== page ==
The point where your bones in the arch (tarsal bones) and the long bones leading up to your toes (metatarsal bones) connect is known as the Lisfranc joint. The Lisfranc ligament is a strong band of tissue which connects a couple of these bones. It's an essential ligament for maintaining the strength and correct alignment of your joint.

Types of Lisfranc (Midfoot) Injuries

There are a few different types of these injuries that happen together in some cases. These are:


On the bottom of your midfoot, you have the Lisfranc and other ligaments that are stronger than the ones found on the top of your midfoot.  When you get a sprain or your ligament stretches and they become weakened, it can result in your middle foot joint becoming unstable.


This is when a bone is broken in your Lisfranc joint and can be either a break through the bones of your midfoot or you pull off a small piece of bone (avulsion fracture).


A dislocation is when your Lisfranc joint bones are forced from their regular positions.

Symptoms of a Lisfranc Injury

The various symptoms you can experience from this injury include:

  • Foot swelling
  • Painful midfoot when you stand or apply pressure
  • Injury is severe enough that you can't bear weight
  • Arch blistering or bruising; sometimes on the top of your foot
  • Your foot widens abnormally

Causes of a Lisfranc Injury

One of the most common causes of Lisfranc injury is a car accident. You can get this injury for other reasons such as:

  • Running
  • Horseback riding
  • Playing football
  • Playing contact sports
  • Military injuries

The direct or indirect force to your foot is what leads to this injury. If you drop a heavy object on your foot this is known as a direct force. Twisting your foot is an example of indirect force.

Your Lisfranc Injury Diagnosis 

A Lisfranc injury can occasionally be mistaken for an ankle sprain, therefore a proper diagnosis is important. Your Pensacola foot and ankle surgeon will ask you a series of questions about your injury and will give you an examination of your foot in order to determine how severe your injury is and come up with a diagnosis.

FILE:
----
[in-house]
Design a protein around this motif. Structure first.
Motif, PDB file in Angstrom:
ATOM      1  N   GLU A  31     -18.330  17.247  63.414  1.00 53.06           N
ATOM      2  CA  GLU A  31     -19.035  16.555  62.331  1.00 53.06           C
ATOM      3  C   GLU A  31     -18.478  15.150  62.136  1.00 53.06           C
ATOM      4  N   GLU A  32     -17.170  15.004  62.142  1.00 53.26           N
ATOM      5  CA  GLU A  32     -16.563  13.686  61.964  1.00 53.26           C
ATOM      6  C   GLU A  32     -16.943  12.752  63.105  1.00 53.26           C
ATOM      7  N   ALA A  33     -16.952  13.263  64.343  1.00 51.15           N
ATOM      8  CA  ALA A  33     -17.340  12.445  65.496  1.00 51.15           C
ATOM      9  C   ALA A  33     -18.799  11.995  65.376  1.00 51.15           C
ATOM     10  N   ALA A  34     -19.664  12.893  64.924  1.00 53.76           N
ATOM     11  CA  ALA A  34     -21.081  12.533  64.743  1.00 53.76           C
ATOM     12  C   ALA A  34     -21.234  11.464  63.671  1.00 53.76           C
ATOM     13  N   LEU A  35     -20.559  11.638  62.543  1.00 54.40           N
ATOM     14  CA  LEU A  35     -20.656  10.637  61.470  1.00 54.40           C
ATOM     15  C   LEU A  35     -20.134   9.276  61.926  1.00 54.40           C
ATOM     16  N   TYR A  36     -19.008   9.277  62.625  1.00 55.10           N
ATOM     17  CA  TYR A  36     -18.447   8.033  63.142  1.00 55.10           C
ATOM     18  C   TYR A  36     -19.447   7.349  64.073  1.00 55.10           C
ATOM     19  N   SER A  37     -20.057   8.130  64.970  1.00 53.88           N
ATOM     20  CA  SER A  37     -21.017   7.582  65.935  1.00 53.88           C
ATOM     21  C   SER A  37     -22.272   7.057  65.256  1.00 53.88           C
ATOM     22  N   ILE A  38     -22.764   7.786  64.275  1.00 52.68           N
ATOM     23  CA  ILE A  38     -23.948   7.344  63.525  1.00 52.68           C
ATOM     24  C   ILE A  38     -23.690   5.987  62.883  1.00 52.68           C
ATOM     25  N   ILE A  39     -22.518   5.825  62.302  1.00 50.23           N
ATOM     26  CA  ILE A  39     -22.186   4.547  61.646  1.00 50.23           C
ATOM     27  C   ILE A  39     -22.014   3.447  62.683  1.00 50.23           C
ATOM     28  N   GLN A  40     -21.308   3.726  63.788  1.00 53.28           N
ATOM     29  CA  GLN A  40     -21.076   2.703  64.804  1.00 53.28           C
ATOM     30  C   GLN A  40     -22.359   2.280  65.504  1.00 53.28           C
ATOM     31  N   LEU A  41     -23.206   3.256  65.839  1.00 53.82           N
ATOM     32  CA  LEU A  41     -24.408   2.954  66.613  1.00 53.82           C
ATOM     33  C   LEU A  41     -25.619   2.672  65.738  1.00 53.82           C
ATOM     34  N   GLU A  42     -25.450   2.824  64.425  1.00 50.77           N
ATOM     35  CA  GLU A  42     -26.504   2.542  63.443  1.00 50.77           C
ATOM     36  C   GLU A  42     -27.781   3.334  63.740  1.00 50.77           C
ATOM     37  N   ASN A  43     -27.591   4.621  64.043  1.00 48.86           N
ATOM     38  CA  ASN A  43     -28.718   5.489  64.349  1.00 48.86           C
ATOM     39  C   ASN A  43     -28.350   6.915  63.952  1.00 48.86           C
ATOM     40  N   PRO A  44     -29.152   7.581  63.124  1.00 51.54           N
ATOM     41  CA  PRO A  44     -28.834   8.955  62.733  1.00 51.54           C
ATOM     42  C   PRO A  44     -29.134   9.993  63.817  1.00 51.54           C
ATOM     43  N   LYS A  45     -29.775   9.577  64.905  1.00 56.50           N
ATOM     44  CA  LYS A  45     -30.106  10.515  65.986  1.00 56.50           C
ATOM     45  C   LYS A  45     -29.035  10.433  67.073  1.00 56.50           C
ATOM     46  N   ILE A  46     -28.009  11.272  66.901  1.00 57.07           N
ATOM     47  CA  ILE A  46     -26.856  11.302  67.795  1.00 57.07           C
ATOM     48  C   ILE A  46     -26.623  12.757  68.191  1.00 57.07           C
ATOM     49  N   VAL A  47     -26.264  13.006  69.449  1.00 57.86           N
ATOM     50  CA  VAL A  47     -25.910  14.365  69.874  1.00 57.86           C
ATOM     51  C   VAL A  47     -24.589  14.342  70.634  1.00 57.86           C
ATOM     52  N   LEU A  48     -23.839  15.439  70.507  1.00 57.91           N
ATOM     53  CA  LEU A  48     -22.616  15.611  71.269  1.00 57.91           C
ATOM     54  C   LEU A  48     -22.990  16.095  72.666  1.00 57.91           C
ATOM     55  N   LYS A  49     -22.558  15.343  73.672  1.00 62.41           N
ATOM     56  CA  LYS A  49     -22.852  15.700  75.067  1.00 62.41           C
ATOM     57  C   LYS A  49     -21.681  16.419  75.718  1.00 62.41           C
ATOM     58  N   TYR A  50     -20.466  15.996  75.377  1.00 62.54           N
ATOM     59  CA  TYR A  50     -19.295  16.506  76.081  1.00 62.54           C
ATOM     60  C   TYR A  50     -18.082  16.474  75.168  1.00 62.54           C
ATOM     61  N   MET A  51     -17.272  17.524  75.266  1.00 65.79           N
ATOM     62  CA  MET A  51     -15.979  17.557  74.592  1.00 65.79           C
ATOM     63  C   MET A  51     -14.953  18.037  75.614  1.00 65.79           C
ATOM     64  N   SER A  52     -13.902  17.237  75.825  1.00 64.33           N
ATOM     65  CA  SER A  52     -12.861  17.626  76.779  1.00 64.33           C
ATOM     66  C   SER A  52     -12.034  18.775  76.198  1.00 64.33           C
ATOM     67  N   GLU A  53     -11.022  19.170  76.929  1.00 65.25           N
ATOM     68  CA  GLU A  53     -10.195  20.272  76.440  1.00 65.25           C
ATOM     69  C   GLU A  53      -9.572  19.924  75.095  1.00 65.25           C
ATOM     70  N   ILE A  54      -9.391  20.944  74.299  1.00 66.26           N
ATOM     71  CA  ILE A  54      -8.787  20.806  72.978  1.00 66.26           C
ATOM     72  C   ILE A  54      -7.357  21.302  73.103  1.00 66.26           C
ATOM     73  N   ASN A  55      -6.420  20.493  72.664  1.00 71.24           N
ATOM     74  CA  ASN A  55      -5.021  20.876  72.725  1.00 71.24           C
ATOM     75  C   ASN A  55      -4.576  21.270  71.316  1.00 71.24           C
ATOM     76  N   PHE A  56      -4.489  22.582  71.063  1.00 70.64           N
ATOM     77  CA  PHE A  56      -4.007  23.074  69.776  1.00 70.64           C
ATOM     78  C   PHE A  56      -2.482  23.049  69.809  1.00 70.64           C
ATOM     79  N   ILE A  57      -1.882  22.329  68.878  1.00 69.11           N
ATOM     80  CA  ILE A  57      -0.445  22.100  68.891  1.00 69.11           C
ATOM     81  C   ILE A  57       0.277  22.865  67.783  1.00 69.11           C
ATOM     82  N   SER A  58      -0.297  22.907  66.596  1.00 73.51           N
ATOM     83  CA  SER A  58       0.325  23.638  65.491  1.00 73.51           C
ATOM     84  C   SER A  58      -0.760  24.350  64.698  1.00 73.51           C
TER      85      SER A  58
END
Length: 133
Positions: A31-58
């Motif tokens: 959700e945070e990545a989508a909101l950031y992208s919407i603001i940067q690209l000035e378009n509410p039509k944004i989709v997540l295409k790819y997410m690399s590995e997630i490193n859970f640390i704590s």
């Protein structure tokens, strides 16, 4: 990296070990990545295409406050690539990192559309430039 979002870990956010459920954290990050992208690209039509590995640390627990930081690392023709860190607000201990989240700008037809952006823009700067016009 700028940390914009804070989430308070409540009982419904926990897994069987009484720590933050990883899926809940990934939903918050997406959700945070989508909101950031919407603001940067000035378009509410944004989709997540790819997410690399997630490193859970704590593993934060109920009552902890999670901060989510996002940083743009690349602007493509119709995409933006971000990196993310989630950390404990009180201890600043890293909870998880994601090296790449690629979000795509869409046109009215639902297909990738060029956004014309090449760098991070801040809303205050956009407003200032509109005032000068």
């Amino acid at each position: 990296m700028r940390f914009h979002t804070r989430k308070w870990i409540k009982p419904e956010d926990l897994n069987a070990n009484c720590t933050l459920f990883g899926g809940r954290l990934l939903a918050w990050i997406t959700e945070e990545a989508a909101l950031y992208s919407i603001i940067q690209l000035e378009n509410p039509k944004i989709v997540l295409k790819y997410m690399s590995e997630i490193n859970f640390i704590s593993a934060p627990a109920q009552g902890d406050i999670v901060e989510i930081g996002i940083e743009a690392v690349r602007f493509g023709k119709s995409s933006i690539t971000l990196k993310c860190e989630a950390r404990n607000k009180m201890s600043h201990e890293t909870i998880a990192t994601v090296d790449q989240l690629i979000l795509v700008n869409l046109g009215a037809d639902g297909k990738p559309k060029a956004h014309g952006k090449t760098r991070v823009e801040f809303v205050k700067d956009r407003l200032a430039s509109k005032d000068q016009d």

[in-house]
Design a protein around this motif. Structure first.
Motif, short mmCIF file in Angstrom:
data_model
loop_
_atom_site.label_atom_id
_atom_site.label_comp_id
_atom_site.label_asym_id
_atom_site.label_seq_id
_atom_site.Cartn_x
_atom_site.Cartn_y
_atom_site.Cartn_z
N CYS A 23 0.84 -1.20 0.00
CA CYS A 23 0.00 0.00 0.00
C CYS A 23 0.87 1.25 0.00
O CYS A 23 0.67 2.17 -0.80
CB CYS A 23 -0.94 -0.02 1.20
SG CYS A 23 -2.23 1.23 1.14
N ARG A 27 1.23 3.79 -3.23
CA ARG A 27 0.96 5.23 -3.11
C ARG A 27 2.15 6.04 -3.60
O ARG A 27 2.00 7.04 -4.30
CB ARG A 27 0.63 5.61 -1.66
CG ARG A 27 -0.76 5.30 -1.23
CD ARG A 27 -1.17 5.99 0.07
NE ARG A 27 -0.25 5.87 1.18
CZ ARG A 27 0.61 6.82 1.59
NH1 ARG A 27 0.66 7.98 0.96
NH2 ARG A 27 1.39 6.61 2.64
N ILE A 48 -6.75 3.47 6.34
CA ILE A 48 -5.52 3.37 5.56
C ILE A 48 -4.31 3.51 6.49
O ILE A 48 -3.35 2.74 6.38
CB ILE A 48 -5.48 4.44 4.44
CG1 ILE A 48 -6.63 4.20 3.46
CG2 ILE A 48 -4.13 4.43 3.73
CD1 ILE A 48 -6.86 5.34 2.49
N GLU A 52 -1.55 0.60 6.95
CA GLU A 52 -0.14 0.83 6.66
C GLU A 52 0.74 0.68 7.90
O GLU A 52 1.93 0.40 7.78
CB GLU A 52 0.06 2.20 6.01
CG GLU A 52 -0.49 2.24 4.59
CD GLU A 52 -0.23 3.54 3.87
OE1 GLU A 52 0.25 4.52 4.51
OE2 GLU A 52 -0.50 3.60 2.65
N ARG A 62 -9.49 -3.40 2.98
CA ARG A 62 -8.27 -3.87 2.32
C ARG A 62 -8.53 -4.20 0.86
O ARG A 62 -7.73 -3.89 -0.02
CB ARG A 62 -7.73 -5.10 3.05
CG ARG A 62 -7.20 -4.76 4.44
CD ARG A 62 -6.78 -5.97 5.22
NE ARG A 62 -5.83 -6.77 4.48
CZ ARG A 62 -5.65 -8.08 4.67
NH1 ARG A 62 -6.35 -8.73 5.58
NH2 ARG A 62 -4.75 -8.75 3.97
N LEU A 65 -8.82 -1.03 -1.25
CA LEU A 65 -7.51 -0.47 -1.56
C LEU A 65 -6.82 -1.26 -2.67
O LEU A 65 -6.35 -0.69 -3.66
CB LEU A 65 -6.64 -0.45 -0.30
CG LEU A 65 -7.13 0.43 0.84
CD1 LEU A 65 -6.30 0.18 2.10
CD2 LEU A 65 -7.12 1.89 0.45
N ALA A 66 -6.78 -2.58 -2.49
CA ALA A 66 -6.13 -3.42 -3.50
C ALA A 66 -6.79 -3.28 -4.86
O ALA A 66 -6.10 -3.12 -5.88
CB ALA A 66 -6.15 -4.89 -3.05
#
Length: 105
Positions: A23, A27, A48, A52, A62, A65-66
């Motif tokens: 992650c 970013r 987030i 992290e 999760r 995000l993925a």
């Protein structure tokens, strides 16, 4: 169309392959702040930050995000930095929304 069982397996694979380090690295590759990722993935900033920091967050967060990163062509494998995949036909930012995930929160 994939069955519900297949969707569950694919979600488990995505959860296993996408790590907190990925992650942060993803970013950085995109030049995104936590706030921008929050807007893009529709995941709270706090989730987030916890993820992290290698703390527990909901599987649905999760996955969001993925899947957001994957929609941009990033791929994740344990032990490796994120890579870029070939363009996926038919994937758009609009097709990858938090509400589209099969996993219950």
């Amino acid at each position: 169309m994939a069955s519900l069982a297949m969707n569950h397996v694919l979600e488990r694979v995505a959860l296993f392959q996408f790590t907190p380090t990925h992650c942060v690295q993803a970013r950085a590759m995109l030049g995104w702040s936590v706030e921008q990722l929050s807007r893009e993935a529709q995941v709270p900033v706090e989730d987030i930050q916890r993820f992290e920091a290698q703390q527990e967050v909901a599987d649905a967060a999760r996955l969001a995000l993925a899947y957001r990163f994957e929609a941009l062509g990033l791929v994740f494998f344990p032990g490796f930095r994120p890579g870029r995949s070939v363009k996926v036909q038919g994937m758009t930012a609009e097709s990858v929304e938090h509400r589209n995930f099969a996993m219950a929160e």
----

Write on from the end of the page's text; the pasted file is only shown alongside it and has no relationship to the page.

He may take x-rays or some other type of imaging study to get a full evaluation of the severity of your injury. Additional examinations might be needed while you are under anesthesia to evaluate a weakening of your joint and surrounding bones or fracture.

Treatment Options for Lisfranc Injury

There are both conservative, non-surgical treatments and surgical procedures for a Lisfranc Injury.

Non-surgical Treatment

If you are experiencing symptoms of this injury, it's important you set up an appointment with your Pensacola orthopedic specialist immediately. If you can't, elevate and keep off your injured foot. You should also apply an ice pack to the injured area every 20 minutes, which will help keep your pain and swelling down.

Other types of nonsurgical treatments for a Lisfranc injury might include:

  • Immobilization.  A cast and crutches might be used to keep your foot immobile and avoid any added weight on it.
  • Oral Medications.  To reduce inflammation and pain, the doctor might recommend ibuprofen and other nonsteroidal anti-inflammatory medications.
  • Elevation and Ice.  You can reduce swelling by keeping your foot elevated and applying ice to the affected area.
  • Physical Therapy.  Once your pain and swelling have subsided, your doctor might prescribe physical therapy.

Surgical Treatment

In some cases, particularly when there is significant displacement of the midfoot joints with instability, you might require surgery for your Lisfranc injury, which may include internal fixation or fusion, followed by rehabilitation. Your Pensacola orthopedic surgeon will work with you to decide which type of surgery will best suit your individual case. Emergency surgery might be needed for more extreme injuries.

What should patients expect following Lisfranc surgery?

Directly following surgery, you will receive a non-weight bearing splint. This splint is designed to protect your incisions and bones as they heal. Although patients will receive pain medication, elevating the foot to reduce inflammation also helps decrease pain; therefore, Dr. Erik Nilssen and his team recommend that you keep your foot elevated as much as possible.

Your two-week follow-up appointment

Approximately two weeks following surgery, you will return and members of the team will remove your non-weight bearing splint and sutures. Once these are removed, you will receive a boot or cast; however, you still need to keep weight off of your foot for another four to six weeks.

Your six-week appointment

At your six-week appointment, you may receive a walking boot or cast. It is important to note that some patients will not receive their walking boot or cast until their eight-week, post-surgical appointment. Once you do receive your walking boot or cast, you will continue using it for four to six weeks. If pins were placed during your surgery to stabilize the fourth and fifth metatarsals, these pins are removed approximately six- to eight-weeks following your surgery.